Professor of Statistics and Associate Dean of Dietrich College
I am interested in highly multivariate data for which we can discover an interesting and interpretable dependence structure.
Data in education, psychology and the social sciences is often of this form: a student's right and wrong answers on a multiple-choice test, categories of solutions produced by a subject performing tasks in a cognitive psychology experiment, and responses to an interest inventory employed by a job counselor are all examples of this. I am especially intrigued when ideas in seemingly-unrelated fields come together, and so I have also been interested in capture-recapture models for estimating the size of wildlife and human populations, which share many features with models for multiple-choice tests.
A common tool for modeling the dependence structure in all of these examples is the latent variable model: each discrete response, such as the answer to an exam question, is treated as an indirect measure of some underlying---or latent---quantity, such as ``ability'' or ``amount learned'', that we cannot measure directly. I have studied latent variable models employed in the design and analysis of standardized tests such as the Scholastic Aptitude Test and the Graduate Records Examination, in the analysis of small-scale experiments in psychology and psychiatry, and in the analysis of large scale educational surveys such as the National Assessment of Educational Progress. Some of my recent work aims to characterize the dependence structure implied by these models, so that one can quickly decide whether they are the right tool for a particular problem.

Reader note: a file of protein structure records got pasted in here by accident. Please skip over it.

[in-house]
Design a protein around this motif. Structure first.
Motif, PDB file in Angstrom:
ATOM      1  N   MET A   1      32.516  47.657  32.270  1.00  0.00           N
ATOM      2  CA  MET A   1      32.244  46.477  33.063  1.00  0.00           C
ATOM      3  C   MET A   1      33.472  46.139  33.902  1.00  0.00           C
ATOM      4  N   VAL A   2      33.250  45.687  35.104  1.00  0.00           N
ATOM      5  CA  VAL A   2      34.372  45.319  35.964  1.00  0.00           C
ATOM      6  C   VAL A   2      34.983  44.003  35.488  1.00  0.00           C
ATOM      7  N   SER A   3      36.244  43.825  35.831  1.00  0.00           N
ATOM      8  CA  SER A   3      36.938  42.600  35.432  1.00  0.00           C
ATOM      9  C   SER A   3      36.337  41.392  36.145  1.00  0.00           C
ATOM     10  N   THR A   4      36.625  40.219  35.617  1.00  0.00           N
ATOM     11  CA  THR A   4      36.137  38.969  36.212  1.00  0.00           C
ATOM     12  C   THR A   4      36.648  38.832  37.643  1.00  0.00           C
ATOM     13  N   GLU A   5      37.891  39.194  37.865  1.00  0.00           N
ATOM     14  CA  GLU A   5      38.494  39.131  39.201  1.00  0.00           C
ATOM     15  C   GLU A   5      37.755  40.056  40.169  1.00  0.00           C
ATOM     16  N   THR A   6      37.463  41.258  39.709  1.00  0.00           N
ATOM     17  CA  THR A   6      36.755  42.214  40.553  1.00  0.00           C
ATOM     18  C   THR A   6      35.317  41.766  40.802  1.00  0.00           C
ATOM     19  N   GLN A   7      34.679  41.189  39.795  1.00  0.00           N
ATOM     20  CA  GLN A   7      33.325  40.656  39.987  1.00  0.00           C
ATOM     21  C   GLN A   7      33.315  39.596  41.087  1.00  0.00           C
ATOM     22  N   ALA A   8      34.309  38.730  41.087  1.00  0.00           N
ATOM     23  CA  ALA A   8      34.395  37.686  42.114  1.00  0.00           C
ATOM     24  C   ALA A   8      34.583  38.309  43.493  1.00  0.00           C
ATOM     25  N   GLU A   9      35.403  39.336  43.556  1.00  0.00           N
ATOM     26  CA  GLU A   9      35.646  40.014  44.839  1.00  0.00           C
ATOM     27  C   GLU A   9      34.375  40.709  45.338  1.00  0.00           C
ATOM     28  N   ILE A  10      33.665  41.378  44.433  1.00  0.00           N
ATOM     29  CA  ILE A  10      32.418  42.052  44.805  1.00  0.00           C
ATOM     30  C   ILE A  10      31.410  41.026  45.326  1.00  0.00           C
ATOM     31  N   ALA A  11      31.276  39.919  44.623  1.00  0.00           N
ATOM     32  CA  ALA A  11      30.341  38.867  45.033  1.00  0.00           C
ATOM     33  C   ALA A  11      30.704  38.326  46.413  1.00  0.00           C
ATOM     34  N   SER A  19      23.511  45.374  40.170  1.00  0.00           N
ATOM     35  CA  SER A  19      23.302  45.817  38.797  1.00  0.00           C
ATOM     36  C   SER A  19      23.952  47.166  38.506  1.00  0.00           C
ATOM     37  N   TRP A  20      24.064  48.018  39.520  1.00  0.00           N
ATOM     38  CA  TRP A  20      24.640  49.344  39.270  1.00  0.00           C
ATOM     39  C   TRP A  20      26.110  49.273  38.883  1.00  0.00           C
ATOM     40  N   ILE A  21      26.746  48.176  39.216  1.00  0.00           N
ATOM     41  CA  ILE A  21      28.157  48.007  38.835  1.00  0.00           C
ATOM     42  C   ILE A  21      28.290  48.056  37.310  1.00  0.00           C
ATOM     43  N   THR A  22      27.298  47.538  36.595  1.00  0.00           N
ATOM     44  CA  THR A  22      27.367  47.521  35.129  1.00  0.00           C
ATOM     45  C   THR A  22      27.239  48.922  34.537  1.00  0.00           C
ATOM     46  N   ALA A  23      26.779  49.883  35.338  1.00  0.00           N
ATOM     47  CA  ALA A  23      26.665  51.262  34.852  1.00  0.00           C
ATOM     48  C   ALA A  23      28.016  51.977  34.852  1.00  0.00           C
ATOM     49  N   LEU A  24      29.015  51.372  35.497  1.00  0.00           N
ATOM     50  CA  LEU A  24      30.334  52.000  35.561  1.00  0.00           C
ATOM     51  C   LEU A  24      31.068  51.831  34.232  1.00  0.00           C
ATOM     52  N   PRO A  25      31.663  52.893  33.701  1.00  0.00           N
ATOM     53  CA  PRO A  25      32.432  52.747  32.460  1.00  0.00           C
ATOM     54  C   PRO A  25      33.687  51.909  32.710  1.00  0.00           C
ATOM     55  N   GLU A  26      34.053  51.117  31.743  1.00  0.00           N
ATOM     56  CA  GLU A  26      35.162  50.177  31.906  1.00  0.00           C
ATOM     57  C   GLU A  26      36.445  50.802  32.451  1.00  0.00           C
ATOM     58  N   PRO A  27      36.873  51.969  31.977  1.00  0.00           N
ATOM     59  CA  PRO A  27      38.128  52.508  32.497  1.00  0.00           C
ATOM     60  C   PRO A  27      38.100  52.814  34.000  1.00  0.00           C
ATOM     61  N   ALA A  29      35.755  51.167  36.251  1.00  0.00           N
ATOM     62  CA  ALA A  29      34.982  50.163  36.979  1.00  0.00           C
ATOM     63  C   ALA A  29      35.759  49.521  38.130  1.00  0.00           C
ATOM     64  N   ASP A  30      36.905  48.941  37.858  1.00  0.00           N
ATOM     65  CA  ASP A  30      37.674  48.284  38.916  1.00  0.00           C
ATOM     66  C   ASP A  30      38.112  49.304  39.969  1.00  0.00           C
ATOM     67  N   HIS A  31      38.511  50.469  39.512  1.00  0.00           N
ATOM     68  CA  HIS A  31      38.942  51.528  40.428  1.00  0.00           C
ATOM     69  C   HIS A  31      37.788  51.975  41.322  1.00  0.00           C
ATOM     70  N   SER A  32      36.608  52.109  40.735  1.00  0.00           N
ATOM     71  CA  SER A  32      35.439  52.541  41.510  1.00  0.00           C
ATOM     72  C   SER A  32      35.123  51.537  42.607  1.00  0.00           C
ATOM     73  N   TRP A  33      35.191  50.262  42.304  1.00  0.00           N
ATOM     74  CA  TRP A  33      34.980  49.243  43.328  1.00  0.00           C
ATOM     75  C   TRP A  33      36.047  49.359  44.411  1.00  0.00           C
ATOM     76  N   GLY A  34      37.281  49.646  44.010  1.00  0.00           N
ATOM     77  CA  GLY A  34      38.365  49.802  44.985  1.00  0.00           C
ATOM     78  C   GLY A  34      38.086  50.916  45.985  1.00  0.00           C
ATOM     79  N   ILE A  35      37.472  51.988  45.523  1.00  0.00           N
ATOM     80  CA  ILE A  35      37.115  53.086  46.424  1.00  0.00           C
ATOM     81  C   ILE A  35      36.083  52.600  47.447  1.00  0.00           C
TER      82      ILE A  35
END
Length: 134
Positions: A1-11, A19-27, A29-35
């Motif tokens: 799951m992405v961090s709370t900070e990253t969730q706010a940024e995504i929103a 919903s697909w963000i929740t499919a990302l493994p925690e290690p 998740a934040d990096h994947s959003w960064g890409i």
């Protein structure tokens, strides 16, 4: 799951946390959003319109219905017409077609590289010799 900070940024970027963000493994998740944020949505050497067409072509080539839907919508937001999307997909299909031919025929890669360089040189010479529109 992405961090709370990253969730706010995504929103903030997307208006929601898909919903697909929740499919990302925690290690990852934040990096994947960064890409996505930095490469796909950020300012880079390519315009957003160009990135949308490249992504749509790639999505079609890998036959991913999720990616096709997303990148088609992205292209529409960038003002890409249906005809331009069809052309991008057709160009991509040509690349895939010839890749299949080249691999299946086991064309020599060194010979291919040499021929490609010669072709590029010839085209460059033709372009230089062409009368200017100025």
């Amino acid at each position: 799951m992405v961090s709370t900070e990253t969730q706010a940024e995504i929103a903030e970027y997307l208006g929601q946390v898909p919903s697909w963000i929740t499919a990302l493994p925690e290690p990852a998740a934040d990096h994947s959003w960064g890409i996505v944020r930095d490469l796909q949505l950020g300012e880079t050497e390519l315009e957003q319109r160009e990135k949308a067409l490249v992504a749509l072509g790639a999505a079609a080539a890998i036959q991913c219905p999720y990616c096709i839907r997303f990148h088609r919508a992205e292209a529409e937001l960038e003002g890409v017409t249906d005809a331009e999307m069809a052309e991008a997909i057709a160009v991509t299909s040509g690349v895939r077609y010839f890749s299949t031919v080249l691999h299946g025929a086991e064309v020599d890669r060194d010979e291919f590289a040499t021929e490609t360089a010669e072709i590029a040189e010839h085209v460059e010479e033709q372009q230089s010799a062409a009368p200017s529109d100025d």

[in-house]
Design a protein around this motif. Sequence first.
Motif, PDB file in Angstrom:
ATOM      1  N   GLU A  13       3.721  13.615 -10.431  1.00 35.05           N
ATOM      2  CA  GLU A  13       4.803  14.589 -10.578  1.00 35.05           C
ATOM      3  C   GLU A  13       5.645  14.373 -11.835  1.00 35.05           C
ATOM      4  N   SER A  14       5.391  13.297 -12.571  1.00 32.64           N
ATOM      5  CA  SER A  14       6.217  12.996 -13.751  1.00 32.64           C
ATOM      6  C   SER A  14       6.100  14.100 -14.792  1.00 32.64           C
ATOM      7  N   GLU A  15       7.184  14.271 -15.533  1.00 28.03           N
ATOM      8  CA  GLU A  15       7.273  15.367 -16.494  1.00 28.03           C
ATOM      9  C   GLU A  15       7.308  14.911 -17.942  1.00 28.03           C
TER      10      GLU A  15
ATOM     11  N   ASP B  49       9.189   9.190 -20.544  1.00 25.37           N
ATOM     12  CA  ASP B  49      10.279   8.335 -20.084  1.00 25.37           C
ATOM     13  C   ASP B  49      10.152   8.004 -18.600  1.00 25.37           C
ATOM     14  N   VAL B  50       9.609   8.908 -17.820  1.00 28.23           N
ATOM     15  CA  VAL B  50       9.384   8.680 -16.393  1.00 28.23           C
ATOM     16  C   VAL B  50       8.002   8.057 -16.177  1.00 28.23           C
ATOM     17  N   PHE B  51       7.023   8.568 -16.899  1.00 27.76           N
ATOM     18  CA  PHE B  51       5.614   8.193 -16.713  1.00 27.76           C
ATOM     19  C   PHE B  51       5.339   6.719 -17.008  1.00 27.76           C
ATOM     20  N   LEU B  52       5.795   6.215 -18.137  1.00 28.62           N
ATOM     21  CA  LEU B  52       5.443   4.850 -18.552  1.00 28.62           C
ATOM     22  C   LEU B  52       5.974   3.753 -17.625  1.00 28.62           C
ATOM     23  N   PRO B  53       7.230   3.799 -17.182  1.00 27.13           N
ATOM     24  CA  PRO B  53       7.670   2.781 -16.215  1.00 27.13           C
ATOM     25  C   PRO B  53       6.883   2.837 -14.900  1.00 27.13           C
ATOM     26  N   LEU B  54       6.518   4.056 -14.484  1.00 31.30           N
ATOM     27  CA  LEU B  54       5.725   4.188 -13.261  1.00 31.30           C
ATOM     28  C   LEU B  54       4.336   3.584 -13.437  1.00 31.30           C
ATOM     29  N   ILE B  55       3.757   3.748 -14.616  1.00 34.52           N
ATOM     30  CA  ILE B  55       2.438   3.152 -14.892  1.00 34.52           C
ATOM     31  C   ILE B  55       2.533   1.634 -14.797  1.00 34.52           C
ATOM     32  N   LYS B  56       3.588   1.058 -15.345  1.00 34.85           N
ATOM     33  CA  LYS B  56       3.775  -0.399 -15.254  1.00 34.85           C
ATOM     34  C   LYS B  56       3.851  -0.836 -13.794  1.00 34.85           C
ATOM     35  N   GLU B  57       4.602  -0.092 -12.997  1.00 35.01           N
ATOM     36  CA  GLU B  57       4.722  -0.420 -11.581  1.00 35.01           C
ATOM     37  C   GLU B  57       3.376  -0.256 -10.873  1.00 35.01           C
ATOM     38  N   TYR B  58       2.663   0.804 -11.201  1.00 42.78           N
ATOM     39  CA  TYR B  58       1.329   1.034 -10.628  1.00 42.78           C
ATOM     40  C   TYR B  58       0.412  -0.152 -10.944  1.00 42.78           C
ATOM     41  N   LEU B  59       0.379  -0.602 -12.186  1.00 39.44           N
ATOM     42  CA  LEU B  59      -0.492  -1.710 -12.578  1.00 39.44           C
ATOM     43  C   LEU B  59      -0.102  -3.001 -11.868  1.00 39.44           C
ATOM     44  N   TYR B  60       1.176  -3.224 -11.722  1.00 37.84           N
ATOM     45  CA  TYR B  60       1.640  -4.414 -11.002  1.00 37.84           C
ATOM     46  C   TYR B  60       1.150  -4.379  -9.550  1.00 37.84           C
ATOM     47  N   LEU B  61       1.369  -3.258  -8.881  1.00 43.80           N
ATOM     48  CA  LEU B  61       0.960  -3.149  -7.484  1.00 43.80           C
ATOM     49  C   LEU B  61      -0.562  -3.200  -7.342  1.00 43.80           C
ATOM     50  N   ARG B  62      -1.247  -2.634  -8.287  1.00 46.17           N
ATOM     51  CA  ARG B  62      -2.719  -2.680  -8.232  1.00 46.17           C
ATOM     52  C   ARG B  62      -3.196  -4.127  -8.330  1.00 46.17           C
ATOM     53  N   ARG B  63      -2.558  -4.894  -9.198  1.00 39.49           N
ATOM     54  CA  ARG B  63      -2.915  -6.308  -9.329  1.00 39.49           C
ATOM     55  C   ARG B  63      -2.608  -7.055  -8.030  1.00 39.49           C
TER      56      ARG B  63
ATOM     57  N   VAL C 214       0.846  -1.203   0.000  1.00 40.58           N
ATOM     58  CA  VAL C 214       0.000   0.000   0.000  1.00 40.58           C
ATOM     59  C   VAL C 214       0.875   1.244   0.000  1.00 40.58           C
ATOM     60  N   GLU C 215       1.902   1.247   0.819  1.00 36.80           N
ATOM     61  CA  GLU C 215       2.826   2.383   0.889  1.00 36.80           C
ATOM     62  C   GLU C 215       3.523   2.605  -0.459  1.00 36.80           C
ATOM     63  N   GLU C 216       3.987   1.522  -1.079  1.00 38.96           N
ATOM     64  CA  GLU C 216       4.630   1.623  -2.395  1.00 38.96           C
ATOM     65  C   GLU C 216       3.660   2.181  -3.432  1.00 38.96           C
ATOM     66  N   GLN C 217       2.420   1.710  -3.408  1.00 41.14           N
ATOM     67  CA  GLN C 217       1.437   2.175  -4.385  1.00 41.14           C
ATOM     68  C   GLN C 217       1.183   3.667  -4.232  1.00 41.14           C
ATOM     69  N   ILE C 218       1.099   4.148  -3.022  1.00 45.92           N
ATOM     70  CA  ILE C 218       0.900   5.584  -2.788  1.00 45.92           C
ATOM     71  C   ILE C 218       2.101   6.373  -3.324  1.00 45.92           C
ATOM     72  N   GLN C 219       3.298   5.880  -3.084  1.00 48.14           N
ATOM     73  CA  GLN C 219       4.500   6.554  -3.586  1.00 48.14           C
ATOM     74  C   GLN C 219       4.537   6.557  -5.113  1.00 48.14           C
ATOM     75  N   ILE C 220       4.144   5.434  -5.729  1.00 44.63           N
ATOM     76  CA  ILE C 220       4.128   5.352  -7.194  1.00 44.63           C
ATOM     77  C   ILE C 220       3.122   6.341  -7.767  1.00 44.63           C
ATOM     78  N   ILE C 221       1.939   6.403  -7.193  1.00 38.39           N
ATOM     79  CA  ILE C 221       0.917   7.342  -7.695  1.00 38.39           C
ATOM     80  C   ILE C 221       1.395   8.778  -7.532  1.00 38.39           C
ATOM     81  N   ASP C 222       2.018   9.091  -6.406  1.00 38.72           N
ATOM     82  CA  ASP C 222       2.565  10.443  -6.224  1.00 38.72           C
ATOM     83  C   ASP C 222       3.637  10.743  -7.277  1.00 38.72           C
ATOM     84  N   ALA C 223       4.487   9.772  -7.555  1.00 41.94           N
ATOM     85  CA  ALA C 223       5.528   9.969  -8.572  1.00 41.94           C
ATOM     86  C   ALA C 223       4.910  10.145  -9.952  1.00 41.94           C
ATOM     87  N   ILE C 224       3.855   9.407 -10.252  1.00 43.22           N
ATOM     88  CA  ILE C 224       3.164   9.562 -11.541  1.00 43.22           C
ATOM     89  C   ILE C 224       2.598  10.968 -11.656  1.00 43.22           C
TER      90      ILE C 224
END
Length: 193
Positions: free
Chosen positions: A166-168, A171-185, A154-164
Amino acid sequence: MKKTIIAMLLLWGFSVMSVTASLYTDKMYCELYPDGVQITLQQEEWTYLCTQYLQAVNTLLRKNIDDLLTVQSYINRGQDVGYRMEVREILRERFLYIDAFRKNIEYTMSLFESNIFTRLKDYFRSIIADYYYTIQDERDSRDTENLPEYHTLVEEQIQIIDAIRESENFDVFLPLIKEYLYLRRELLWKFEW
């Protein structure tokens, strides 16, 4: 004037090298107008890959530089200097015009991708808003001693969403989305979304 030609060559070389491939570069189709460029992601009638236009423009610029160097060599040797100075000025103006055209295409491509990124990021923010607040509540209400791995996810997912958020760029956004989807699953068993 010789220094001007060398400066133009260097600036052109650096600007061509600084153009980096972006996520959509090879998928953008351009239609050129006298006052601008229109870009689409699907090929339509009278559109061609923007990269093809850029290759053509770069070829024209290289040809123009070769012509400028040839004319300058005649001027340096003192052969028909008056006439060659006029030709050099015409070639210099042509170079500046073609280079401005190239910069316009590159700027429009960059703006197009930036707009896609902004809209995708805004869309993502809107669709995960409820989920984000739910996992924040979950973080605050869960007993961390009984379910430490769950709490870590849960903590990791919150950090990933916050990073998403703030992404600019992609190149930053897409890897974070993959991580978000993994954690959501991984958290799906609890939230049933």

The quantities of interest---depression, academic achievement, job satisfaction, etc.---are necessarily fuzzily defined; hence, the models do not usually try for strong fidelity with the underlying processes. Instead, they try for predictive value and efficient data summarization. This suggests that another important problem is knowing whether and how these relatively simple descriptive models succeed in a variety of practical situations where the modelling assumptions may not exactly hold. A novel feature of my research here has been to view each subject's responses as forming the initial segment of a stochastic process with an incompletely-specified dependence structure.
Large sample theory, probability inequalities, robust estimation, and hierarchical Bayes modeling techniques are all useful tools in these efforts.
My research interests include Markov Chain Monte Carlo and other computing and estimation
methods, errors in variables, factor analysis and structural equation models in econometrics and psychiatric statistics, statistical analysis of large randomized field trials in education, rating
protocols for teacher quality, and educational data mining.